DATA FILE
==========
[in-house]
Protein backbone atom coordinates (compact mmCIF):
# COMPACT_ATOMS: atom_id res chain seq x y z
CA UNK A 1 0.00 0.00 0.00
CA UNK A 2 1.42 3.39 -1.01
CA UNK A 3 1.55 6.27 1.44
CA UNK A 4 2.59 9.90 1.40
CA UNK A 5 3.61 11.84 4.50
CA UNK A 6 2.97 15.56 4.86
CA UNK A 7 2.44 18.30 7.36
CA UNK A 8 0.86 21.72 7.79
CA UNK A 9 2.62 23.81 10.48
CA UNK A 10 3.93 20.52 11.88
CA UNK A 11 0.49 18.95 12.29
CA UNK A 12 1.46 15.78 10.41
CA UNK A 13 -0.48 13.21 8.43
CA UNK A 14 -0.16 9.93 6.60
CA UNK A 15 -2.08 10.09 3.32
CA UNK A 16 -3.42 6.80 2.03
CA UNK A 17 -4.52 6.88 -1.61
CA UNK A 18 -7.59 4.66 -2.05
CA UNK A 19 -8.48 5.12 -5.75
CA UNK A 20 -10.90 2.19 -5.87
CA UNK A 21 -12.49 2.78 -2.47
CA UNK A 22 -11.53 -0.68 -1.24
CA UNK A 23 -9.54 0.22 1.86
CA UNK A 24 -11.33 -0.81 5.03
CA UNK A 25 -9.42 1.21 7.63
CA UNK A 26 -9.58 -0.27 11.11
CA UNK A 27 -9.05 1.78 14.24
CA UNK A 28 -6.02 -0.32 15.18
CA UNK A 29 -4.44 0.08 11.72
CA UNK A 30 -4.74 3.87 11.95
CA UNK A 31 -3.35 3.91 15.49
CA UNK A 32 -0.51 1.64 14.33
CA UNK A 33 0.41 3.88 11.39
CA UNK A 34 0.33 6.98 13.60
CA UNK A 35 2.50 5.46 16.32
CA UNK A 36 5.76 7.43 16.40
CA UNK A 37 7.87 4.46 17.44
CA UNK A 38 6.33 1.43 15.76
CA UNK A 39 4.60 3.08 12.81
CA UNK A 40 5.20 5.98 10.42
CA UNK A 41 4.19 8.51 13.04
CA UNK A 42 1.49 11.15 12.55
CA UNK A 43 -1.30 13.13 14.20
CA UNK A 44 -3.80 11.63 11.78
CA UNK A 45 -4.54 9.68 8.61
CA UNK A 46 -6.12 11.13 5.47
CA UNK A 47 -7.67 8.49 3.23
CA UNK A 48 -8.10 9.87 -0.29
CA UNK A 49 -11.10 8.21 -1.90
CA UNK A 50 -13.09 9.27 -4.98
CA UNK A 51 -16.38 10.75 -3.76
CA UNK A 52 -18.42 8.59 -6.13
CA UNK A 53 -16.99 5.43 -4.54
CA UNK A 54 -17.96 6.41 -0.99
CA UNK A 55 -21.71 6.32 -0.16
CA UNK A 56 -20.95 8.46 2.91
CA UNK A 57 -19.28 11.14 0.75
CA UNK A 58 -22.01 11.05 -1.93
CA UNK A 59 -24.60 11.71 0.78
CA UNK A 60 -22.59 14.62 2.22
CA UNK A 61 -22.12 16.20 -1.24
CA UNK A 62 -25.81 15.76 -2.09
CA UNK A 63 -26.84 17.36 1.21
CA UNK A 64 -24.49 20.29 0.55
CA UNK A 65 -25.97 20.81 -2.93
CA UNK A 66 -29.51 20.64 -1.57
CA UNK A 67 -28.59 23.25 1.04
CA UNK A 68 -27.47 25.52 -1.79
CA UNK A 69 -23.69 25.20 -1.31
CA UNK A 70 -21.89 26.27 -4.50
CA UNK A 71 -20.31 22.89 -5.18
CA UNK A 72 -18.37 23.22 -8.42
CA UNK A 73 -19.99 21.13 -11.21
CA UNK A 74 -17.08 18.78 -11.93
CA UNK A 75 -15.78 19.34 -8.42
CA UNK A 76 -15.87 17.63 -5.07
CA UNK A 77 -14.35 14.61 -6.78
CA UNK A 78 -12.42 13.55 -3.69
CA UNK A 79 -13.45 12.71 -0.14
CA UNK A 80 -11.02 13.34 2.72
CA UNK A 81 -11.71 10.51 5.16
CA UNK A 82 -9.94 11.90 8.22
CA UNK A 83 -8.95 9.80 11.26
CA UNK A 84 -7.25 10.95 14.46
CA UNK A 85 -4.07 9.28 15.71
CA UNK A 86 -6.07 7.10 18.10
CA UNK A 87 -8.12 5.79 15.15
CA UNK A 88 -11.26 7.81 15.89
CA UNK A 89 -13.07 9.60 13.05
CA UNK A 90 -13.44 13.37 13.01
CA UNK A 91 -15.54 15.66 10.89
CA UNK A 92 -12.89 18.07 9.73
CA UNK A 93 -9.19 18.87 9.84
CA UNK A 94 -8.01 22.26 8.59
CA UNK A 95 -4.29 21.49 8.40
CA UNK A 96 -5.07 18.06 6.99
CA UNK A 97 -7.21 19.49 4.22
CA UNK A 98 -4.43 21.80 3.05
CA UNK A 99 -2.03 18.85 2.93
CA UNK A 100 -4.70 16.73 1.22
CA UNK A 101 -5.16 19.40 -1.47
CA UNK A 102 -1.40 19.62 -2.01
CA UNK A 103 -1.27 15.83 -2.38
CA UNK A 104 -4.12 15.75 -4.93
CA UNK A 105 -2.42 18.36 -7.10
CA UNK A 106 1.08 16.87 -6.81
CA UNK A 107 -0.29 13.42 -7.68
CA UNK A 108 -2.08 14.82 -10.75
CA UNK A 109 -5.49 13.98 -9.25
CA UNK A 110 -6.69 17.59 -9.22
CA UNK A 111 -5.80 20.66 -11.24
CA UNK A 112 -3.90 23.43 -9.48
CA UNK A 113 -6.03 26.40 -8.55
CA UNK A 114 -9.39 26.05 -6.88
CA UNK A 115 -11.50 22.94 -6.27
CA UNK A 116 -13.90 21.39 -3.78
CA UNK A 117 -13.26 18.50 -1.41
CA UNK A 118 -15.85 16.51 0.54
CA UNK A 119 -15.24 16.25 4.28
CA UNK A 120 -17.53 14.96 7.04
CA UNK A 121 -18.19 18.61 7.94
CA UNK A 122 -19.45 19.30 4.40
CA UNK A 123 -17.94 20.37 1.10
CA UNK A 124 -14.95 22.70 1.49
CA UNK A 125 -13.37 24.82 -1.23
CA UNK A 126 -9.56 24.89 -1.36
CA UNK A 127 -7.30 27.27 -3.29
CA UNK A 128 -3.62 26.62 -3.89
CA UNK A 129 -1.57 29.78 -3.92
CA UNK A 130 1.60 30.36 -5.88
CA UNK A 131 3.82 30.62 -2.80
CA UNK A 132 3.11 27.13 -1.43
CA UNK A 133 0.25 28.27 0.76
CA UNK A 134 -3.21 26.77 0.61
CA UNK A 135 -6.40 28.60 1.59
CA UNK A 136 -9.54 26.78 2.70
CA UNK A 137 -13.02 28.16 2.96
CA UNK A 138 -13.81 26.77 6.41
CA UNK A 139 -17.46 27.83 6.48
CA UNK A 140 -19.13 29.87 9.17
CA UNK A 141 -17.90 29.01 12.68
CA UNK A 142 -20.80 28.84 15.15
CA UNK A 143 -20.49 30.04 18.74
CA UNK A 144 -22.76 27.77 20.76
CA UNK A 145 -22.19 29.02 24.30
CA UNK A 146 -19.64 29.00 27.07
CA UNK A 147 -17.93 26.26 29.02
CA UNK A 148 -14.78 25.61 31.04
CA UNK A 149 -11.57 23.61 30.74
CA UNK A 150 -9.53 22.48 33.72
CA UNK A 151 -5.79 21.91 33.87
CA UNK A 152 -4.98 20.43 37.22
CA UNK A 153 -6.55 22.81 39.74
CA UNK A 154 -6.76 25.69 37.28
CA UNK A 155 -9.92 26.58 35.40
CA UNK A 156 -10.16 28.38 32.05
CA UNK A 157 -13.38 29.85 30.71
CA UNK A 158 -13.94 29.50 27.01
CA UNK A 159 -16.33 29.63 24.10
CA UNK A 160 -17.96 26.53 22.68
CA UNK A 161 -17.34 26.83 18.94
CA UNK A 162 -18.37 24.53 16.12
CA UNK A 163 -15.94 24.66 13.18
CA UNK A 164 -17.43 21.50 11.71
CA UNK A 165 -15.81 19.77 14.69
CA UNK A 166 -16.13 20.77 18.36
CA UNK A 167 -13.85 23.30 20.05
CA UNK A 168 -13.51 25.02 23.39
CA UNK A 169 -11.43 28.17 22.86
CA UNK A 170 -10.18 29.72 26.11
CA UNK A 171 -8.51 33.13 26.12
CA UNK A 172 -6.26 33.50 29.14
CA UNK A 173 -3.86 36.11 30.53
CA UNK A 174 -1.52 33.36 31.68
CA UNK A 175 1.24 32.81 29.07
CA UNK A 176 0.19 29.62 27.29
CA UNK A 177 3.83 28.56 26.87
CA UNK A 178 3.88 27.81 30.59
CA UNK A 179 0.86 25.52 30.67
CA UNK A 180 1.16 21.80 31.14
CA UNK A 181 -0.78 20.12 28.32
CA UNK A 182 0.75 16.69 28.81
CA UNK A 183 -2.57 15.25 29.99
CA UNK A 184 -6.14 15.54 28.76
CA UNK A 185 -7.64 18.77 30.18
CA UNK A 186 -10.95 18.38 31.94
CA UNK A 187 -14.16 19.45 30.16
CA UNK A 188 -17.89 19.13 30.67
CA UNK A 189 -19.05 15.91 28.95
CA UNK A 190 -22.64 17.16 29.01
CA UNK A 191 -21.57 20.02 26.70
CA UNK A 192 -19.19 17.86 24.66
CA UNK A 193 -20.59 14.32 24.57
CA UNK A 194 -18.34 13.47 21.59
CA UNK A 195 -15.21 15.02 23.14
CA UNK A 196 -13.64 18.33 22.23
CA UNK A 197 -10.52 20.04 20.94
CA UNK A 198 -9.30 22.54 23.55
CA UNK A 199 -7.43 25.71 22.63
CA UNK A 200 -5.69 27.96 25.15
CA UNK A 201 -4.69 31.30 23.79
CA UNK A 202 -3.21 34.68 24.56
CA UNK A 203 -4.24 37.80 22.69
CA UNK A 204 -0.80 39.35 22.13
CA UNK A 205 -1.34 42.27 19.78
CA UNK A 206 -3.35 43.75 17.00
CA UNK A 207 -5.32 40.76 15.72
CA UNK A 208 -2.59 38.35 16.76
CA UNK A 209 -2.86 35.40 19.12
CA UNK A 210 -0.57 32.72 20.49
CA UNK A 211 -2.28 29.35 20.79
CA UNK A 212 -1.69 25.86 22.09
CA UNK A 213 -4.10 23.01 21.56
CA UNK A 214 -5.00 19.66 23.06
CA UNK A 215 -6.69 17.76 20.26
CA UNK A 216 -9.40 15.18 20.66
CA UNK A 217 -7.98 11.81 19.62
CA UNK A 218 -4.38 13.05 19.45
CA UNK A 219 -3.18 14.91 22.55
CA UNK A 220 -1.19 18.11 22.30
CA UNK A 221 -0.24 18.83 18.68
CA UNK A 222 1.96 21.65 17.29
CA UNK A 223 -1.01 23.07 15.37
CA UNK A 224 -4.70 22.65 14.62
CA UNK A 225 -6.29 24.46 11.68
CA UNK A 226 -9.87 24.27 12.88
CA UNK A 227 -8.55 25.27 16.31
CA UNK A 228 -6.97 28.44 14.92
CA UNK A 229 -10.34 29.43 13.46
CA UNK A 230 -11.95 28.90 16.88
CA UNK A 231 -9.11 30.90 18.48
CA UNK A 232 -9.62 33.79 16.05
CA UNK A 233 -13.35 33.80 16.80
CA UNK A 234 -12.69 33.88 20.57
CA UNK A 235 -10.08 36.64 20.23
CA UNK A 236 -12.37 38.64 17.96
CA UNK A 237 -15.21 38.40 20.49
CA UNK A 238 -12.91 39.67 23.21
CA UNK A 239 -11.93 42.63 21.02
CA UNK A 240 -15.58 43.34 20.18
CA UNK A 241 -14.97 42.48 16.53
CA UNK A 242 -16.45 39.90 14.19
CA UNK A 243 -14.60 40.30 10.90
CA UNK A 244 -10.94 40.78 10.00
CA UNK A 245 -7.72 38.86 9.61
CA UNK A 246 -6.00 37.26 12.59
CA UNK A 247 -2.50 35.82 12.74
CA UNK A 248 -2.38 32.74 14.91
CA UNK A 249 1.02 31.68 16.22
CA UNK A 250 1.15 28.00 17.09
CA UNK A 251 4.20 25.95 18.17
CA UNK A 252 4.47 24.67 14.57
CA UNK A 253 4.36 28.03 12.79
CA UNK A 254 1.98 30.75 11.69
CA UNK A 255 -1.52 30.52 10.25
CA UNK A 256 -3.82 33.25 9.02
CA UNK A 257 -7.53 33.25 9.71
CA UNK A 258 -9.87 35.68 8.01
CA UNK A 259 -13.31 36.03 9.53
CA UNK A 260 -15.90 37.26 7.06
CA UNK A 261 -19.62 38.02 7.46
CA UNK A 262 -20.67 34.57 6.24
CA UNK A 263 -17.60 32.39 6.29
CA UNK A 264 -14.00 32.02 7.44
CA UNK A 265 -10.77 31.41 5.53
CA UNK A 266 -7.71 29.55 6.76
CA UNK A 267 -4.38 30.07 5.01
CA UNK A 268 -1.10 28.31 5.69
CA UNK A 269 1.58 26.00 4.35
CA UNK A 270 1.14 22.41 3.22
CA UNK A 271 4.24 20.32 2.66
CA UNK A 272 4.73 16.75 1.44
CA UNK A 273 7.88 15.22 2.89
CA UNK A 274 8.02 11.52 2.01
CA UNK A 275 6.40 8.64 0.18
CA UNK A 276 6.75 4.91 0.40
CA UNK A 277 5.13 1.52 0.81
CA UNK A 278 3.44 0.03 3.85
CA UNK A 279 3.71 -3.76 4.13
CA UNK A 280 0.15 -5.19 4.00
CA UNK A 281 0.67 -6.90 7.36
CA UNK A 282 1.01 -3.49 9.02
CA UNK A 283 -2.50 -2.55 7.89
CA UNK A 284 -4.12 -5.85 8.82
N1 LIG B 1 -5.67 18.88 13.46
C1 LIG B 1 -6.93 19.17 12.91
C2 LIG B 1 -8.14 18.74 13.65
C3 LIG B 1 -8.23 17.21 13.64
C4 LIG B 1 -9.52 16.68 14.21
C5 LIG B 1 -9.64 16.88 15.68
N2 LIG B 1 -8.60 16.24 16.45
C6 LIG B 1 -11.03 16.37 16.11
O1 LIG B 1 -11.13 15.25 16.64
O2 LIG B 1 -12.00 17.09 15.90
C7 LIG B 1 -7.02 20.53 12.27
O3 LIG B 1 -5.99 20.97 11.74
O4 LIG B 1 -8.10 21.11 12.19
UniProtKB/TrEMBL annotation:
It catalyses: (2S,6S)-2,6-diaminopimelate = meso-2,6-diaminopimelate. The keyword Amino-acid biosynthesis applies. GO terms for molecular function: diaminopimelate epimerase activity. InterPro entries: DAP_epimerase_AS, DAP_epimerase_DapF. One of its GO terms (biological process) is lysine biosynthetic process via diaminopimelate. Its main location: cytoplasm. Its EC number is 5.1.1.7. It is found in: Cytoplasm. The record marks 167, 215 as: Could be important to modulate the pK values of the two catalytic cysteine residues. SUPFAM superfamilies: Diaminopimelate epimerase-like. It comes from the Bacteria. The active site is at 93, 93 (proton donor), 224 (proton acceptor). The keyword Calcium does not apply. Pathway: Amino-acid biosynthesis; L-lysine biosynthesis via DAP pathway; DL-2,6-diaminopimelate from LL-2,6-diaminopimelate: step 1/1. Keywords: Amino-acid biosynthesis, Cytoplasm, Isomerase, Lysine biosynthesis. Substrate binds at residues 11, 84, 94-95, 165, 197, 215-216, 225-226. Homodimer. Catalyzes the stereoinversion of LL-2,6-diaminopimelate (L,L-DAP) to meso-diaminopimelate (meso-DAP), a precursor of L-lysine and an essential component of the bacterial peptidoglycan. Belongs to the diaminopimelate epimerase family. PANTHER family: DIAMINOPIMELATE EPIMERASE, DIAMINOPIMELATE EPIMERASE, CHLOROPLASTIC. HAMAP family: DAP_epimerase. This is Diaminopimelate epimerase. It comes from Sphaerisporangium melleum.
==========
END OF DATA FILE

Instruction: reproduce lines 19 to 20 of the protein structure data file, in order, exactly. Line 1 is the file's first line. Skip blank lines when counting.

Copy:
CA UNK A 16 -3.42 6.80 2.03
CA UNK A 17 -4.52 6.88 -1.61